An English class at St Teresa’s School in Stanley, Hong Kong, in 1977. Photo: SCMP
Then & Now
by Jason Wordie
Then & Now
by Jason Wordie

What is one’s ‘first language’ in Hong Kong when Cantonese, English and others can meld together in the mind?

  • One day I spent in a Portuguese household 25 years ago opened a window to a multilingual world that is fast disappearing
  • For some, being brought up from infancy around a number of languages makes them simultaneously at home in each and none of them

Personal circumstances dictate what one speaks as a first language. But what happens when several are used at the same time, which also means that no single one predominates, either in spoken or written form, and thus they congeal into a primary “language of the mind”?

For some local people – of whatever ethnic origin – mixed code teaching in what were considered the more superior Hong Kong schools, and being forced to learn in a foreign language – English – to which most students had little everyday exposure, had that effect.

Some excelled in the language of the classroom – in the Hong Kong way, where outward form is generally mistaken for underlying substance – and oral fluency created the misleading impression that rather more occurred between their ears than might have been the case.

Others gave up in anger and despair, and the potential for pathways into other worlds that different languages, and the diverse ways of thought that they reveal, might have brought, was wasted. A lifelong sense of cultural inferiority – which could be manifested in all manner of sad and destructive ways – too frequently was the result, and permanently blighted their lives.

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For a few, being brought up from infancy around a number of languages made them simultaneously at home in each and none of them. A fascinating morning, more than 25 years ago, spent discussing aspects of Hong Kong life during the Japanese occupation with a prominent local Portuguese couple, offered an illustrative example.

Our conversation continued over a delicious minchee-fan lunch, after which my hostess made her excuses, and left me behind with her husband to wind up our talk. Soon afterwards, three elderly local Portuguese ladies appeared in the sitting room with her; this was their regular afternoon for ba-fa, and it was her turn to host their gathering.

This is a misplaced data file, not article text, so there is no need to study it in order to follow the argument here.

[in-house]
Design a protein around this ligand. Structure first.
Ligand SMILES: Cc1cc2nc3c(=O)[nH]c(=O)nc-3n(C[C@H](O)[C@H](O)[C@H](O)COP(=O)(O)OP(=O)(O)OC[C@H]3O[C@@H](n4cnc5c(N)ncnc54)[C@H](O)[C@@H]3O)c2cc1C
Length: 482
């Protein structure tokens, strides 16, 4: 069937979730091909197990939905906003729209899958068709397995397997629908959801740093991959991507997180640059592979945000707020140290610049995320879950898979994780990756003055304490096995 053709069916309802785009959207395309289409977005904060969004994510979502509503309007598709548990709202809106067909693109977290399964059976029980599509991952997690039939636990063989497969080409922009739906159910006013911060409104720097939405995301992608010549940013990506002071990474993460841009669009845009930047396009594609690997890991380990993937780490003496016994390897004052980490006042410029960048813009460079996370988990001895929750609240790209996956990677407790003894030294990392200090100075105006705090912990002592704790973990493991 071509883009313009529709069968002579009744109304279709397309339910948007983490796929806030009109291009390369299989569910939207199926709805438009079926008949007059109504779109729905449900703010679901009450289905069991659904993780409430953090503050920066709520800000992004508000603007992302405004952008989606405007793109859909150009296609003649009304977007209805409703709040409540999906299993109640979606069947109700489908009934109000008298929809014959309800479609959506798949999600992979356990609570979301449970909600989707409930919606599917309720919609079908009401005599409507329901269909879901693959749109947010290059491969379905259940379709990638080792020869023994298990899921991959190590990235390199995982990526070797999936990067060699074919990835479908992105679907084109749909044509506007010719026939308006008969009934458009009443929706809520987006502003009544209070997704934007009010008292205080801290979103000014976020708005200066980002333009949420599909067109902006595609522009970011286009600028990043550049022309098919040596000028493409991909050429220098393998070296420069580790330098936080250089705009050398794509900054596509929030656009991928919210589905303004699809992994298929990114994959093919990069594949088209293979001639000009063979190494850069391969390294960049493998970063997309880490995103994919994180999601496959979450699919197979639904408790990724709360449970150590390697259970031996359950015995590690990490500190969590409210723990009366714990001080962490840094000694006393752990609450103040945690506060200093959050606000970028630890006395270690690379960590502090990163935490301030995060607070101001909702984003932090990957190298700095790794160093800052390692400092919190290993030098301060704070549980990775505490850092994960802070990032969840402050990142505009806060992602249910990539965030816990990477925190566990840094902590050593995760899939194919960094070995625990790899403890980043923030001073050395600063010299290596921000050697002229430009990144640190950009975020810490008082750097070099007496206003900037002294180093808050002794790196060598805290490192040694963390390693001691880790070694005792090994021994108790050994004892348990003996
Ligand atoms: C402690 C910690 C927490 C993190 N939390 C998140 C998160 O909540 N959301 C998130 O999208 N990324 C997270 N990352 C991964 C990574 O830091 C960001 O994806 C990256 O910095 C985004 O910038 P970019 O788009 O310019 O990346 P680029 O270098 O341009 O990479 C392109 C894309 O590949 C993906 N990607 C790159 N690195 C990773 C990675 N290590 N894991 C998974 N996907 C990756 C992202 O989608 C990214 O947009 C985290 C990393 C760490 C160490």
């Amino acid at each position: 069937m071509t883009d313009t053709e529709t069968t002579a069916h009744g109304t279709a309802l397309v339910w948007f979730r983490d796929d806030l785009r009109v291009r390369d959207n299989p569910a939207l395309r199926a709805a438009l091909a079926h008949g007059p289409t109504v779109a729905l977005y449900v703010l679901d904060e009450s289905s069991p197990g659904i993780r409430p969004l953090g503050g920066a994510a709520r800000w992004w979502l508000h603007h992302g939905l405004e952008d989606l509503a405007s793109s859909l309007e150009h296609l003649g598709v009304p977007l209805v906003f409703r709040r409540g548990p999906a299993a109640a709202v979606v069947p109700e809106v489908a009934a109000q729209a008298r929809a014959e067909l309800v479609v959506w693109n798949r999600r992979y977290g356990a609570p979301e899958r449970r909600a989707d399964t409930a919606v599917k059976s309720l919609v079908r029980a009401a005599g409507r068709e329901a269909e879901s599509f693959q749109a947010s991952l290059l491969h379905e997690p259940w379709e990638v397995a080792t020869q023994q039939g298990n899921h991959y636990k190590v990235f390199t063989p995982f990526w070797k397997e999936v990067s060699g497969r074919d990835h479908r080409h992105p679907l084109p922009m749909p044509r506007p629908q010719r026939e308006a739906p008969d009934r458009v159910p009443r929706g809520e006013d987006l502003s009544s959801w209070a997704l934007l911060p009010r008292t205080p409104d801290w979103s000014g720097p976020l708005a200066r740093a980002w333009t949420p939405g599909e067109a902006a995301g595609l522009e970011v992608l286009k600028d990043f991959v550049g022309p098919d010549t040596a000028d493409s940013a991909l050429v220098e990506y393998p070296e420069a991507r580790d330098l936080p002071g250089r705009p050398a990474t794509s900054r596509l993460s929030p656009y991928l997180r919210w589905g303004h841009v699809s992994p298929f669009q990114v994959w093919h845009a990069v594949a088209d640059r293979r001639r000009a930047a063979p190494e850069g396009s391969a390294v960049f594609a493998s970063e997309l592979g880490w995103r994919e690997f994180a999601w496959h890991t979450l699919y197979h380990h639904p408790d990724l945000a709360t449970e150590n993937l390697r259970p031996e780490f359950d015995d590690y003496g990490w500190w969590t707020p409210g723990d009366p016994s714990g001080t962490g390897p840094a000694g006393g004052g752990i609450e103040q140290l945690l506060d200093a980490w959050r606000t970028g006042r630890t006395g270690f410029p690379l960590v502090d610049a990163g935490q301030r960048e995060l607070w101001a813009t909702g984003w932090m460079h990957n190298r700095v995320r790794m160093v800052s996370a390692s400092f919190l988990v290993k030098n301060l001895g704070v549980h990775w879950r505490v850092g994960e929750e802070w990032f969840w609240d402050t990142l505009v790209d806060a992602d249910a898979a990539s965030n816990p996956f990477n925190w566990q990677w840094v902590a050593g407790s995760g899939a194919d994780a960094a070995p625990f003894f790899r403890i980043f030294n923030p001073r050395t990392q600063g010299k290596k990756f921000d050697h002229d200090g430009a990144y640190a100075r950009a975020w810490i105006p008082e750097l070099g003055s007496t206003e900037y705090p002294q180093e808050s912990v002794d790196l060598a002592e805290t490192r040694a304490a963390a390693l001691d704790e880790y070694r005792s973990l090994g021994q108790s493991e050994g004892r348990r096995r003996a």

Ba-fa, as further inquiry revealed, is a form of card game best described as a cross between mahjong and dominoes, but played with small paper slips. Like everything else adopted over the centuries from other Asian societies among whom the local Portuguese lived, this originally Chinese game had evolved to their own Macau rules.

Immediately intrigued – as I then was by anything to do with this creolised local culture, whether food, language, pastimes or other traditions – I asked if I might watch them play for a while. A few quizzical glances were swiftly followed by a muttered reassurance from their hostess (in rapid Cantonese, on the understandable – if mistaken – assumption that this would not be understood) “don’t worry; he’s just interested in our ways – and harmless enough!”

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As the game progressed, and the old ladies quickly got to the underlying purpose of their card afternoon – a really good gossip session – everything else (including the person quietly observing them) was completely forgotten.

Over round after round, rapid chatter and periodic bursts of laughter swirled around the table. These ladies – all over 80, and locally educated in long-ago convent schools – seamlessly oscillated across three very different languages, and usually mid-sentence; clipped Hong Kong-accented English, crescendos of Macanese patuá, and periodic Cantonese siren-blasts ebbed and flowed interchangeably.

It was like nothing I had ever seen (much less heard) before, and briefly opened a window onto another world altogether.

They only remembered someone was watching quietly when tea time came; asked if I’d stay, I thanked them for letting me watch, and headed off. None the wiser about the finer points of ba-fa, this experience nevertheless imparted other questions about this fast-vanishing Hong Kong community.

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Did these people ever think in one tongue, in primacy over the others? Or were they equally at home in all of them? Or were all these languages essentially functional or situational in usage? Distinctions never became clear and now, sadly, it is too late to ask any of them.